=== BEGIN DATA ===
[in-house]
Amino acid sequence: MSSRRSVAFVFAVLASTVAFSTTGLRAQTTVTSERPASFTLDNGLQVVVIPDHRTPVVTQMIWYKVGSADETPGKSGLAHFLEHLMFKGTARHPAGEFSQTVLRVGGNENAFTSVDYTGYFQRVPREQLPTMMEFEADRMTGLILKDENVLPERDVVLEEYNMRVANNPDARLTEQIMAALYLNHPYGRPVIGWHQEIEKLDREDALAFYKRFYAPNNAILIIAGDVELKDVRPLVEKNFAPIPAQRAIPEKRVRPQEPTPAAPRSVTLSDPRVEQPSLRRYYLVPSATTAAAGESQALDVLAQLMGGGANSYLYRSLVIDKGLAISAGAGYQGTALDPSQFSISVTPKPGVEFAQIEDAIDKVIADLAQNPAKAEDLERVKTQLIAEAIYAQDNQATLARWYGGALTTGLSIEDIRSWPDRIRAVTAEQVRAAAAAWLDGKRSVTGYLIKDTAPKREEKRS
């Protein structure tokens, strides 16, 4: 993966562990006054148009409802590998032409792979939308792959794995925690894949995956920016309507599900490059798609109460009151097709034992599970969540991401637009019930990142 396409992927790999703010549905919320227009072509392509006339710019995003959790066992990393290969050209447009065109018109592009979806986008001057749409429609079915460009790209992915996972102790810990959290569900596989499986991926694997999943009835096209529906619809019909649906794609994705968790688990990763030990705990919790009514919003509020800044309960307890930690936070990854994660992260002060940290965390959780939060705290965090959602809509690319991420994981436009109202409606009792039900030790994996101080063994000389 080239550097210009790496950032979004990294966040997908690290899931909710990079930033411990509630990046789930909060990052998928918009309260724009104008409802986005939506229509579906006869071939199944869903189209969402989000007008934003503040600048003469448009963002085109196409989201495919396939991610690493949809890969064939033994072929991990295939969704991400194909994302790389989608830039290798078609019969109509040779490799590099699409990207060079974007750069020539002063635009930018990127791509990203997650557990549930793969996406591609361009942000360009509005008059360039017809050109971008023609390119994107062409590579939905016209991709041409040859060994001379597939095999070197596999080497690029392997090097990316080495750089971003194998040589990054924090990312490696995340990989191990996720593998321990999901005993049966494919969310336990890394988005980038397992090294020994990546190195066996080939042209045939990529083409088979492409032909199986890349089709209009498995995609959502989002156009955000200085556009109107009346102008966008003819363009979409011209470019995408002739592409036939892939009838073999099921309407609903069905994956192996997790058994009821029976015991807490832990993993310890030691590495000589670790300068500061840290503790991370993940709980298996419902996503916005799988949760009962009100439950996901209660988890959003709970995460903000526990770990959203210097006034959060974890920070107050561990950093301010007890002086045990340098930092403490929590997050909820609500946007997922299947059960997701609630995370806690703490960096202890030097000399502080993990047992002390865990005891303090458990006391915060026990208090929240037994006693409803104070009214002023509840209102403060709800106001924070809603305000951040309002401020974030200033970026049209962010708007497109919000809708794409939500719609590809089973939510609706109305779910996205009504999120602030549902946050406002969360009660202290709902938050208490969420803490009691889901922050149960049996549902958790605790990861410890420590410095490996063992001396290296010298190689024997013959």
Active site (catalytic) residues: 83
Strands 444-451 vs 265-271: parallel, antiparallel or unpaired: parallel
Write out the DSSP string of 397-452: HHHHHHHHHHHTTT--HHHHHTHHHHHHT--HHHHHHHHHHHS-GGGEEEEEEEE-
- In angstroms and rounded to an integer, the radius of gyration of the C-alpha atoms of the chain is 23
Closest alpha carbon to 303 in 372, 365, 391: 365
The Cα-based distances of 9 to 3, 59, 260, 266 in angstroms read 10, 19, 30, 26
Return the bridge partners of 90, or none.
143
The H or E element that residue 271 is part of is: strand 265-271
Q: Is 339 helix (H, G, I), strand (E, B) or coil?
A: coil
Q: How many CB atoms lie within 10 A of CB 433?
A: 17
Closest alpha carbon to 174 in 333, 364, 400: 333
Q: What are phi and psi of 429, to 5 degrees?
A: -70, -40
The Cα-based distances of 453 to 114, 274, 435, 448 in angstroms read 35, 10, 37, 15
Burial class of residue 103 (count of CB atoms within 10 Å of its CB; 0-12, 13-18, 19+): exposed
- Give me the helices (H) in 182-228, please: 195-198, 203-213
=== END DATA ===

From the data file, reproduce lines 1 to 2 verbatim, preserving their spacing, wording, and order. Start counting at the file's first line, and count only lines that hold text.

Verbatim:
[in-house]
Amino acid sequence: MSSRRSVAFVFAVLASTVAFSTTGLRAQTTVTSERPASFTLDNGLQVVVIPDHRTPVVTQMIWYKVGSADETPGKSGLAHFLEHLMFKGTARHPAGEFSQTVLRVGGNENAFTSVDYTGYFQRVPREQLPTMMEFEADRMTGLILKDENVLPERDVVLEEYNMRVANNPDARLTEQIMAALYLNHPYGRPVIGWHQEIEKLDREDALAFYKRFYAPNNAILIIAGDVELKDVRPLVEKNFAPIPAQRAIPEKRVRPQEPTPAAPRSVTLSDPRVEQPSLRRYYLVPSATTAAAGESQALDVLAQLMGGGANSYLYRSLVIDKGLAISAGAGYQGTALDPSQFSISVTPKPGVEFAQIEDAIDKVIADLAQNPAKAEDLERVKTQLIAEAIYAQDNQATLARWYGGALTTGLSIEDIRSWPDRIRAVTAEQVRAAAAAWLDGKRSVTGYLIKDTAPKREEKRS